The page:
"I don't think it has an effect on the jury," said Assistant District Attorney Joe Owmby. "I think what has an effect on juries is you have to concentrate to follow the evidence. It doesn't come in usually in a form that people who have never served on a jury before have seen."
The first witness, Isaac Villarreal, was a lead investigator on the case. Under cross-examination, he explained that knee and elbow strikes, which Buckaloo and Jones used when trying to restrain Gonzales, are taught at the police academy. He said officers are trained to target the torso and back area, and to hit as hard as they can, no matter the person's size.
Jones' attorney, Scott Courtny, explained, "Our clients acted in accordance with their training. They did what they were trained to do, in accordance with the policies and procedures. They accepted and met this, using force against a citizen who was resisting arrest."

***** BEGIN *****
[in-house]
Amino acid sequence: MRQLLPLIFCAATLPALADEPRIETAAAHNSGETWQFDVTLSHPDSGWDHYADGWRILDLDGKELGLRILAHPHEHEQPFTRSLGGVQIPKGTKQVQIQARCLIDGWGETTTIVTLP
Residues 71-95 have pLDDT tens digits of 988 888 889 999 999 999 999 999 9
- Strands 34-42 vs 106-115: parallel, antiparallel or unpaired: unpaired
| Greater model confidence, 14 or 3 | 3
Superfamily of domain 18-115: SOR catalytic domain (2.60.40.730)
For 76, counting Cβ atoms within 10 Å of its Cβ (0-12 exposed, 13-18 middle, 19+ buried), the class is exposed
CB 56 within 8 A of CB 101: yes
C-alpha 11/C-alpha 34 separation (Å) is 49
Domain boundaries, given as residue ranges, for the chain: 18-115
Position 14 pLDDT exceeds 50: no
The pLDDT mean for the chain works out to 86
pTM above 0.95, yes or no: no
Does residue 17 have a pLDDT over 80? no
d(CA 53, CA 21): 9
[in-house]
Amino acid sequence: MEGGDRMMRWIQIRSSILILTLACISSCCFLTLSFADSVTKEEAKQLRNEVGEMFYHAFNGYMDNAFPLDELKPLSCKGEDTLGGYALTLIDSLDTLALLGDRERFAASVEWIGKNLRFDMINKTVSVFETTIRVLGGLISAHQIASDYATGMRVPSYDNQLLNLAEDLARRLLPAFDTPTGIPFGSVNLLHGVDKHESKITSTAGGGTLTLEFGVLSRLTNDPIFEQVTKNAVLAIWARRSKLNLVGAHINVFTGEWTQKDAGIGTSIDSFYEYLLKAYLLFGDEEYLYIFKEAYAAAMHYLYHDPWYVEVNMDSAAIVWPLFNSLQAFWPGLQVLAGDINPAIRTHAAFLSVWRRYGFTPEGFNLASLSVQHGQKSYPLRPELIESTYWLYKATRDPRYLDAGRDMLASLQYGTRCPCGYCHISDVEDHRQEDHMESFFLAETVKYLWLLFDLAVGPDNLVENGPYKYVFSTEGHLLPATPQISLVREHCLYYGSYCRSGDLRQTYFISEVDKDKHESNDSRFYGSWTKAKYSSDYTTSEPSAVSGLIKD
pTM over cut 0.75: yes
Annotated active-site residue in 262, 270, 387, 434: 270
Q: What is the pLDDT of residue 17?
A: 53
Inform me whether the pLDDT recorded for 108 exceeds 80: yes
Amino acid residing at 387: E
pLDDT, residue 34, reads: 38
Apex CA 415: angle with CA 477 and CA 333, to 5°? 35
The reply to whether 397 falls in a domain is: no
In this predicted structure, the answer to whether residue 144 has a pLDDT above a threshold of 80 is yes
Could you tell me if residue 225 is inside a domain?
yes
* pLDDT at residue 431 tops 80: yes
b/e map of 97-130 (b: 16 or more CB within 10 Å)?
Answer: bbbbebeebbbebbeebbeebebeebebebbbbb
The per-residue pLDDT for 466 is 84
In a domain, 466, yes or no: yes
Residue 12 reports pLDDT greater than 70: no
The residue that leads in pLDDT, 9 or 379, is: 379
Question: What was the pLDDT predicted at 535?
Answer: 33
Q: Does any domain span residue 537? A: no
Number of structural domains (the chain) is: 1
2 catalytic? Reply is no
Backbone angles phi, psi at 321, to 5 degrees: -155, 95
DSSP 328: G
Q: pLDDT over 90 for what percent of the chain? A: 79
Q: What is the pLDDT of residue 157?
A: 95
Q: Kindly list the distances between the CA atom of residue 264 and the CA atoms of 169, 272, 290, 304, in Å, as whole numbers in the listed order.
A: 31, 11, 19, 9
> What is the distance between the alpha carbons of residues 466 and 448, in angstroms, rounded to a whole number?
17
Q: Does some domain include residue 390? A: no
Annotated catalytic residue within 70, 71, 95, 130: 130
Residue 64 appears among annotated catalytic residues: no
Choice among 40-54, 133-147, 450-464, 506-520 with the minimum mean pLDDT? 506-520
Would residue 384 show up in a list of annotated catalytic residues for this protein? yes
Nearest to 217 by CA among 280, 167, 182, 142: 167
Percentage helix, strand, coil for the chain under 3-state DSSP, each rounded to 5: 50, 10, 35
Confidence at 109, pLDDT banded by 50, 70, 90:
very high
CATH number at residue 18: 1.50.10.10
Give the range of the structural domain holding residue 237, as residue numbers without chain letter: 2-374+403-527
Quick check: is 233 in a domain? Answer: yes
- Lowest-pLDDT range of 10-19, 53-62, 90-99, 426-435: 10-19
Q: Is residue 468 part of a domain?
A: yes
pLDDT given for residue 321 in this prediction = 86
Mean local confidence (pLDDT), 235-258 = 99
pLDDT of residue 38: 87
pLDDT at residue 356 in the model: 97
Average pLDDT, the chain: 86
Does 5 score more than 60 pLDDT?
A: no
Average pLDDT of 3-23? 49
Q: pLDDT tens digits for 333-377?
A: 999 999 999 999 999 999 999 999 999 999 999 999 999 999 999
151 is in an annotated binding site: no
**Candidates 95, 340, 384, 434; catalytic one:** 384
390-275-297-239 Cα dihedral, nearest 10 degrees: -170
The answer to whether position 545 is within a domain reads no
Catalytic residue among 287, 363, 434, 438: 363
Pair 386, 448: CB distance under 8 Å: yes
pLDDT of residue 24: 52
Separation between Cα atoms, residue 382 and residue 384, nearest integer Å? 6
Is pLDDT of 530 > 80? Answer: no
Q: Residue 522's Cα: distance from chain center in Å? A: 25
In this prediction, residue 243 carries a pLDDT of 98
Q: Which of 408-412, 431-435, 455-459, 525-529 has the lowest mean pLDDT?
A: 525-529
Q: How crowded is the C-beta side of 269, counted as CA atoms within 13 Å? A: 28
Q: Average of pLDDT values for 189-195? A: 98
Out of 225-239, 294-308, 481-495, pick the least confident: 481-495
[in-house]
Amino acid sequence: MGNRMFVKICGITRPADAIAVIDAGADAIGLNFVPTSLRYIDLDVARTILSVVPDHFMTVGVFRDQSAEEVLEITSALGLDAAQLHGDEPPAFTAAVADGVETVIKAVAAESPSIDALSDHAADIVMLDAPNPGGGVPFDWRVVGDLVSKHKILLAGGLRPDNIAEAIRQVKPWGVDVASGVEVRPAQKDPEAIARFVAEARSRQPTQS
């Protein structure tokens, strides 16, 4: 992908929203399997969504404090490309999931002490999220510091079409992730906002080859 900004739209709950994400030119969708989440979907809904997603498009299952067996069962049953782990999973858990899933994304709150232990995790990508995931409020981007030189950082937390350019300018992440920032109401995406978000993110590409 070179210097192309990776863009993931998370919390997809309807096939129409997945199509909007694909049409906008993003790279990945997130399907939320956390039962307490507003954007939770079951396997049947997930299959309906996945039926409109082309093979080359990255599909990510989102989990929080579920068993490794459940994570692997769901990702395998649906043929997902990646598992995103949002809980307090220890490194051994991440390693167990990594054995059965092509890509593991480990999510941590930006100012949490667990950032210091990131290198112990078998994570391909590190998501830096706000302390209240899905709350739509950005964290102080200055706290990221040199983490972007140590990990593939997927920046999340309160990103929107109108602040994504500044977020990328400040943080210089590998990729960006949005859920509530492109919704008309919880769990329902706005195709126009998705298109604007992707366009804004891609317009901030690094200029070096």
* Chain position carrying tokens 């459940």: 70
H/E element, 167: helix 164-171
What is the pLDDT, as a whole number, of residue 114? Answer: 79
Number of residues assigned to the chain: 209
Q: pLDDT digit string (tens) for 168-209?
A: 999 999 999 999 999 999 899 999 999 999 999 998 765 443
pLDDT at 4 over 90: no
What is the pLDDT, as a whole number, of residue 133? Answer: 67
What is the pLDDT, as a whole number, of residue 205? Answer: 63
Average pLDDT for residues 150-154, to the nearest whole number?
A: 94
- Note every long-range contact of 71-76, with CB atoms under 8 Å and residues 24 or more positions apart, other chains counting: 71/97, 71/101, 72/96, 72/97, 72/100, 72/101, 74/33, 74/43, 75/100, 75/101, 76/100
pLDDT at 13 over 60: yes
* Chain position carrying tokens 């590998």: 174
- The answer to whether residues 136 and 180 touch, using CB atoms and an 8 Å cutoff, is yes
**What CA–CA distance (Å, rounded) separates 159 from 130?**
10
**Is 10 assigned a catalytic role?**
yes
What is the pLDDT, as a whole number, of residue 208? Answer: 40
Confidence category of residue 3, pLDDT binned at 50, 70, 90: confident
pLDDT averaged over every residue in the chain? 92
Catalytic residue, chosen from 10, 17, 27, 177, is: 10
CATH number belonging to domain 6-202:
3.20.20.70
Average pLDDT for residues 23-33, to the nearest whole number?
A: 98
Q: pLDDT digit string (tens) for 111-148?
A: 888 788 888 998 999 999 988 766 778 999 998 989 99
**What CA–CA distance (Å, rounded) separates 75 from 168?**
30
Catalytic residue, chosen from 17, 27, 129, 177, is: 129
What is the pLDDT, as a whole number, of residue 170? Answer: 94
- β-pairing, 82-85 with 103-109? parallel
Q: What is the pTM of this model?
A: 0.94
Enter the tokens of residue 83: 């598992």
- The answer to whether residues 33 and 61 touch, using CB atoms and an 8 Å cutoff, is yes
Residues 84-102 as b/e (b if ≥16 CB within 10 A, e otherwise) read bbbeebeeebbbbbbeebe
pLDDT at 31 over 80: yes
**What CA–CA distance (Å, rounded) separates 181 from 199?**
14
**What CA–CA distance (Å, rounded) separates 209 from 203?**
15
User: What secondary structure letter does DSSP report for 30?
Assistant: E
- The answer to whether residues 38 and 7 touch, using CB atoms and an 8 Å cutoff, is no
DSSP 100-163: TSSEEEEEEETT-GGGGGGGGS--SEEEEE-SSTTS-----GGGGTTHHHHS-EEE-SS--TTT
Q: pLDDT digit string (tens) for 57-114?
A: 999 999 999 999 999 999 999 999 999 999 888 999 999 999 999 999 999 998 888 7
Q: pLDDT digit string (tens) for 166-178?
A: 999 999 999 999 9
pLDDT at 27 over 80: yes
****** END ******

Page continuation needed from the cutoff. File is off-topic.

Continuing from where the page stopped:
The two officers have said they suspected Gonzales was drunk, even though he had only been out of jail for about an hour for a prior public intoxication arrest.
"He only had 64 cents in his pocket, and they claim that he was drunk," said Adrian Gonzales, the victim's son. "Pasadena is dry. They only sell beer. When they let him out, he had 64 cents. Where are you going to get a beer with 64 cents?"
Jurors also heard from a former jailer who had seen Gonzales come and go from the jail. He said Gonzales was always jittery and shook a lot. Gonzales had 11 broken ribs and died from a punctured lung.
If convicted, the two officers face a maximum of two years in jail.
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